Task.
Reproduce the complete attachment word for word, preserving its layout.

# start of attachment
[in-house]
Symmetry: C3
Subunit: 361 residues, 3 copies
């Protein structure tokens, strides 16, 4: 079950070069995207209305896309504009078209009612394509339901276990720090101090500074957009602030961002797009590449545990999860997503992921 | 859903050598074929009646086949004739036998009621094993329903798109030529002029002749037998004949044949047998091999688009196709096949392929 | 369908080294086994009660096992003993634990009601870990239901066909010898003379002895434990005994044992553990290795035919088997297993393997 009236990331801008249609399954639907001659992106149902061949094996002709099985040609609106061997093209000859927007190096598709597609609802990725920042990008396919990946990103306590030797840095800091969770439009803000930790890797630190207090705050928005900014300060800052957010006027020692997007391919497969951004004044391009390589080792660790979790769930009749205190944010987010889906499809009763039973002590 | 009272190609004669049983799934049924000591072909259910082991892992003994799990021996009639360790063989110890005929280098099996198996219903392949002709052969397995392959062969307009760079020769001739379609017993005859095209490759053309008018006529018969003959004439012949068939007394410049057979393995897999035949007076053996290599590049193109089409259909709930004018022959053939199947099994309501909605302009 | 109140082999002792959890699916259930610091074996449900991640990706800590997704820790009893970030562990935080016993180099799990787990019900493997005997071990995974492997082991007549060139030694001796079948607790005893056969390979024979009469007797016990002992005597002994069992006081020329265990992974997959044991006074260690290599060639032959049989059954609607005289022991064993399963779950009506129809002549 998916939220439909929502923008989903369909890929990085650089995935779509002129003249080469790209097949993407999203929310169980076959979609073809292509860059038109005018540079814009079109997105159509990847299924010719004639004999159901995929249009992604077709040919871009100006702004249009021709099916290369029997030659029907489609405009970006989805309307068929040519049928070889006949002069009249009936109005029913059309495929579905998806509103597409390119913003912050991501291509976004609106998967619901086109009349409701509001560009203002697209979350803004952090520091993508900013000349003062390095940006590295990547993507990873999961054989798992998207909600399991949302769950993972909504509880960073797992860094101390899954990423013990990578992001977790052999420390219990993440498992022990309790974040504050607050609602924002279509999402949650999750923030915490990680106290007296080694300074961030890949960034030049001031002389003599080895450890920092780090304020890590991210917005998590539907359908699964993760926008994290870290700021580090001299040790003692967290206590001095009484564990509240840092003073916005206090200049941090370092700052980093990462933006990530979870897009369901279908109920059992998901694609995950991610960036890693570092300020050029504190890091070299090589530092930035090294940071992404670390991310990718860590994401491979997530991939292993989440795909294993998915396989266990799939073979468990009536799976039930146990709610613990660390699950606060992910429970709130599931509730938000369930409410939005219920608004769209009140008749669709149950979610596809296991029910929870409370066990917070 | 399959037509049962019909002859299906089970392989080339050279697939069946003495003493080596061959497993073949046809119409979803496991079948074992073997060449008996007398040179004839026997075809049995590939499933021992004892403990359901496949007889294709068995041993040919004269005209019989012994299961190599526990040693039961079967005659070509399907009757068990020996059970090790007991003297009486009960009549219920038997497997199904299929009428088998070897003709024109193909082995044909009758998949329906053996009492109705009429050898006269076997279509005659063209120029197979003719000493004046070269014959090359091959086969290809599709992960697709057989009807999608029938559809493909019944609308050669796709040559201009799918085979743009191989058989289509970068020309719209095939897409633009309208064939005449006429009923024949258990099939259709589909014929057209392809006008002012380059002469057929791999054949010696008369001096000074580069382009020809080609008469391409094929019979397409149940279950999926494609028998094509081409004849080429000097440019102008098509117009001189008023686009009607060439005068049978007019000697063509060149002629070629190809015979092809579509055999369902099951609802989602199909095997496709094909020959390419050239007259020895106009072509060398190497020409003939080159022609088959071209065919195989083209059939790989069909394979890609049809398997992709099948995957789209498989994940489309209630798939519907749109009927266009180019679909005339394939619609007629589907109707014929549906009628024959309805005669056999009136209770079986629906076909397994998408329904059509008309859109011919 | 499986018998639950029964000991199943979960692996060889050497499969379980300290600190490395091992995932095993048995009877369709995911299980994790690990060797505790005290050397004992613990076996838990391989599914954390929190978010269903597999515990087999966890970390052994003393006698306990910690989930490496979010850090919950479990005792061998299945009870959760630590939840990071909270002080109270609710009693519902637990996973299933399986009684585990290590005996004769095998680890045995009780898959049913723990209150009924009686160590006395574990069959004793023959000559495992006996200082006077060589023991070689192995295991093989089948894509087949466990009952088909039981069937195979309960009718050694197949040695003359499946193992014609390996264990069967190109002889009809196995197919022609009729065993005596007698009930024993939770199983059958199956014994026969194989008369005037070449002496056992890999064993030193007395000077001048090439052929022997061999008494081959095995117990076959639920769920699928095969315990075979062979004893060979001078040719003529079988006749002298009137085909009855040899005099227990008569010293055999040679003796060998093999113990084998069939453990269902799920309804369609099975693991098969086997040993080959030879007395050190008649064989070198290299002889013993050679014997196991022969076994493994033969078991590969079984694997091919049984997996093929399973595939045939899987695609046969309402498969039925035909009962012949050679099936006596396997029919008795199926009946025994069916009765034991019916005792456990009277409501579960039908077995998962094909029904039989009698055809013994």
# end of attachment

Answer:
[in-house]
Symmetry: C3
Subunit: 361 residues, 3 copies
């Protein structure tokens, strides 16, 4: 079950070069995207209305896309504009078209009612394509339901276990720090101090500074957009602030961002797009590449545990999860997503992921 | 859903050598074929009646086949004739036998009621094993329903798109030529002029002749037998004949044949047998091999688009196709096949392929 | 369908080294086994009660096992003993634990009601870990239901066909010898003379002895434990005994044992553990290795035919088997297993393997 009236990331801008249609399954639907001659992106149902061949094996002709099985040609609106061997093209000859927007190096598709597609609802990725920042990008396919990946990103306590030797840095800091969770439009803000930790890797630190207090705050928005900014300060800052957010006027020692997007391919497969951004004044391009390589080792660790979790769930009749205190944010987010889906499809009763039973002590 | 009272190609004669049983799934049924000591072909259910082991892992003994799990021996009639360790063989110890005929280098099996198996219903392949002709052969397995392959062969307009760079020769001739379609017993005859095209490759053309008018006529018969003959004439012949068939007394410049057979393995897999035949007076053996290599590049193109089409259909709930004018022959053939199947099994309501909605302009 | 109140082999002792959890699916259930610091074996449900991640990706800590997704820790009893970030562990935080016993180099799990787990019900493997005997071990995974492997082991007549060139030694001796079948607790005893056969390979024979009469007797016990002992005597002994069992006081020329265990992974997959044991006074260690290599060639032959049989059954609607005289022991064993399963779950009506129809002549 998916939220439909929502923008989903369909890929990085650089995935779509002129003249080469790209097949993407999203929310169980076959979609073809292509860059038109005018540079814009079109997105159509990847299924010719004639004999159901995929249009992604077709040919871009100006702004249009021709099916290369029997030659029907489609405009970006989805309307068929040519049928070889006949002069009249009936109005029913059309495929579905998806509103597409390119913003912050991501291509976004609106998967619901086109009349409701509001560009203002697209979350803004952090520091993508900013000349003062390095940006590295990547993507990873999961054989798992998207909600399991949302769950993972909504509880960073797992860094101390899954990423013990990578992001977790052999420390219990993440498992022990309790974040504050607050609602924002279509999402949650999750923030915490990680106290007296080694300074961030890949960034030049001031002389003599080895450890920092780090304020890590991210917005998590539907359908699964993760926008994290870290700021580090001299040790003692967290206590001095009484564990509240840092003073916005206090200049941090370092700052980093990462933006990530979870897009369901279908109920059992998901694609995950991610960036890693570092300020050029504190890091070299090589530092930035090294940071992404670390991310990718860590994401491979997530991939292993989440795909294993998915396989266990799939073979468990009536799976039930146990709610613990660390699950606060992910429970709130599931509730938000369930409410939005219920608004769209009140008749669709149950979610596809296991029910929870409370066990917070 | 399959037509049962019909002859299906089970392989080339050279697939069946003495003493080596061959497993073949046809119409979803496991079948074992073997060449008996007398040179004839026997075809049995590939499933021992004892403990359901496949007889294709068995041993040919004269005209019989012994299961190599526990040693039961079967005659070509399907009757068990020996059970090790007991003297009486009960009549219920038997497997199904299929009428088998070897003709024109193909082995044909009758998949329906053996009492109705009429050898006269076997279509005659063209120029197979003719000493004046070269014959090359091959086969290809599709992960697709057989009807999608029938559809493909019944609308050669796709040559201009799918085979743009191989058989289509970068020309719209095939897409633009309208064939005449006429009923024949258990099939259709589909014929057209392809006008002012380059002469057929791999054949010696008369001096000074580069382009020809080609008469391409094929019979397409149940279950999926494609028998094509081409004849080429000097440019102008098509117009001189008023686009009607060439005068049978007019000697063509060149002629070629190809015979092809579509055999369902099951609802989602199909095997496709094909020959390419050239007259020895106009072509060398190497020409003939080159022609088959071209065919195989083209059939790989069909394979890609049809398997992709099948995957789209498989994940489309209630798939519907749109009927266009180019679909005339394939619609007629589907109707014929549906009628024959309805005669056999009136209770079986629906076909397994998408329904059509008309859109011919 | 499986018998639950029964000991199943979960692996060889050497499969379980300290600190490395091992995932095993048995009877369709995911299980994790690990060797505790005290050397004992613990076996838990391989599914954390929190978010269903597999515990087999966890970390052994003393006698306990910690989930490496979010850090919950479990005792061998299945009870959760630590939840990071909270002080109270609710009693519902637990996973299933399986009684585990290590005996004769095998680890045995009780898959049913723990209150009924009686160590006395574990069959004793023959000559495992006996200082006077060589023991070689192995295991093989089948894509087949466990009952088909039981069937195979309960009718050694197949040695003359499946193992014609390996264990069967190109002889009809196995197919022609009729065993005596007698009930024993939770199983059958199956014994026969194989008369005037070449002496056992890999064993030193007395000077001048090439052929022997061999008494081959095995117990076959639920769920699928095969315990075979062979004893060979001078040719003529079988006749002298009137085909009855040899005099227990008569010293055999040679003796060998093999113990084998069939453990269902799920309804369609099975693991098969086997040993080959030879007395050190008649064989070198290299002889013993050679014997196991022969076994493994033969078991590969079984694997091919049984997996093929399973595939045939899987695609046969309402498969039925035909009962012949050679099936006596396997029919008795199926009946025994069916009765034991019916005792456990009277409501579960039908077995998962094909029904039989009698055809013994």